And now we get to the relationship between Banner and Hulk. This has been a central theme in Hulk stories from the beginning. The early stories are fairly simple, with Hulk being the childlike embodiment of Banner's rage, and Banner trying to suppress it. It was Peter David who dealt with the Hulk as Multiple Personalities, and there started a relationship that would flourish. While some writers have tried to go back to the simple model, other writers have embraced it, like Paul Jenkins deepened it, creating legions of Hulks in Banner's mind. Pak, though, seemed to create a... detente of sorts between Banner and the Hulk. During "Planet Hulk" Banner and the Hulk actually communicated in Banner's head, and after that, their relationship became a bit more cordial. And at times it felt like it blurred. This is partially because Banner was being written as a deadlier character, but partially because I think the Hulk now wanted what Banner always said he wanted, which was love and acceptance. There was also a current of thought that Banner and Hulk weren't that different, that they are really the same mind. This comes up very strongly in the final story, where both Banner and Hulk choose to sacrifice themselves to save this family they have created.

I also want to give props to Pak for using some interesting old villains in his run. Hulk doesn't exactly have a wide rogues gallery, and while Pak does use the old standbys (Leader and Abomination), he also brings back some of the others. He has the first use of Armageddon, warlord of the alien Troyjan, since Peter David left the title, and it's interesting to see Hulk fight someone who blames him for the death of his son, with Hulk now having a son of his own. Tyrannus, the immortal lord of Subterranea, is a character I only really know form one Peter David annual and an arc in Warlock & the Infinity Watch. Pak writes him brilliantly, making him this sleazy, smirking world conquering lech who makes a play for Red She-Hulk. And by introducing the world Sakaar and it's inhabitants, a legion of new supporting characters and enemies were introduced, notably Miek the Unhived, the Hulk's ally and eventual betrayer, a character who shows Hulk the extreme extent of his own rage.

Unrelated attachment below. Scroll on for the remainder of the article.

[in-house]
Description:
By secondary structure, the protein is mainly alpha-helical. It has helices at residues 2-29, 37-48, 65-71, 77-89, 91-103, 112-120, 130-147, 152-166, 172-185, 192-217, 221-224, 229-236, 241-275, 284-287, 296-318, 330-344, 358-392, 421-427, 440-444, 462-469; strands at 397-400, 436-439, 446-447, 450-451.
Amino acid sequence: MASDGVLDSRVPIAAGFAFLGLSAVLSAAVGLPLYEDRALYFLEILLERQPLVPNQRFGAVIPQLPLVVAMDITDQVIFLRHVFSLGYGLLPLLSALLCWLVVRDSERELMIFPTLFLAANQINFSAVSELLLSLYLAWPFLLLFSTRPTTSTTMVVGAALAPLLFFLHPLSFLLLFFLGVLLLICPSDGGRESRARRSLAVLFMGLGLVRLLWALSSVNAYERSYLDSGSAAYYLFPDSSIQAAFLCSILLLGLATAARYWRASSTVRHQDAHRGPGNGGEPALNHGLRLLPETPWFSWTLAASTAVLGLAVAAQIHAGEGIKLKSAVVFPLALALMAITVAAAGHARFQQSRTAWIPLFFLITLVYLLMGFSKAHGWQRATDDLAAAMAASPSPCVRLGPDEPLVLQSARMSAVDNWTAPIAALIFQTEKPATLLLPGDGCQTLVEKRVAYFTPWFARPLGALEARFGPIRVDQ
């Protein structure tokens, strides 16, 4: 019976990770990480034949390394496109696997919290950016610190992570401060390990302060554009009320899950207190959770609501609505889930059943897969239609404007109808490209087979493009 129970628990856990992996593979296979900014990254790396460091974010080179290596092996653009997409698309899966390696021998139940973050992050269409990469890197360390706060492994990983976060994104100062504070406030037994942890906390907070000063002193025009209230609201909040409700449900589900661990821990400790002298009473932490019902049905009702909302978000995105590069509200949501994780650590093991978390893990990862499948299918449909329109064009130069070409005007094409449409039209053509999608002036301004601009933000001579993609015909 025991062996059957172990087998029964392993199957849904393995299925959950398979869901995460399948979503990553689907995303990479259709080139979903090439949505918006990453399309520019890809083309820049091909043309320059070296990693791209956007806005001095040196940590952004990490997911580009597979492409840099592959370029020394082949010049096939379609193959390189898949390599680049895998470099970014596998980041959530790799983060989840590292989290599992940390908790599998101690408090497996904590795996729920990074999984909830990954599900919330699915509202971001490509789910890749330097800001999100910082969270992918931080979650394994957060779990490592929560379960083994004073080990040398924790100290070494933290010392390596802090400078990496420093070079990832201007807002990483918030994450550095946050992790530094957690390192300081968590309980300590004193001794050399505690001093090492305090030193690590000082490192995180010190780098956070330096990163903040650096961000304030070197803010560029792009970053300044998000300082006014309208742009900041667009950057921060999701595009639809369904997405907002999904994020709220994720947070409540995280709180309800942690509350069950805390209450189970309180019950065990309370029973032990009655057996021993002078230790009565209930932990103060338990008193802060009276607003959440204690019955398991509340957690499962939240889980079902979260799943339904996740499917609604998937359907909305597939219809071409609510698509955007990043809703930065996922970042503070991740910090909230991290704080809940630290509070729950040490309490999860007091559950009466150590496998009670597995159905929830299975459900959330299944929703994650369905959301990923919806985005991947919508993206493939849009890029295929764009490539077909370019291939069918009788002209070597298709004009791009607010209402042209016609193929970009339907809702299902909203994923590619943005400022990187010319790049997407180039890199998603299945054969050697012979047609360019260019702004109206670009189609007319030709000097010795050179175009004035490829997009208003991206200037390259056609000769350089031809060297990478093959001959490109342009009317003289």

The artists who worked with Pak throughout his run are a group of some of comics strongest artists, guys whose career I have followed for years. Paul Pelletier, who does a more issues than any other artist, has a history with Hulk, and his Hulk is one of comics most expressive. Ariel Olivetti has a history with Conan, so his drawings of Skaar and the giant monsters of the Mole Man are second to none. And Tom Grummet draws the heck out of the story with Hulk and Red-She-Hulk, giving them a playful and brutal physicality, depending on the moment, to perfectly suit the story.

While the Hulk isn't a character whose comic I read every month, he is a character I have a lot of affection for. The work that Greg Pak did on the series helped build up the world of the Hulk, and created a new web of characters and relationships. It was an exciting time for the character, and is well worth checking out, as the ramifications are still being felt.

The complete run of Greg Pak's Incredible Hulk/Hulks are collected over various trades: Son of Banner, Fall of the Hulks, World War Hulks, Dark Son, Chaos War, Planet Savage, and Heart of the Monster, not to mention the Planet Skaar collection and Planet Hulk and World War Hulk, Incredible Hulk: World War Hulk. These are mostly out of print, but are available at most comic shops and on-line.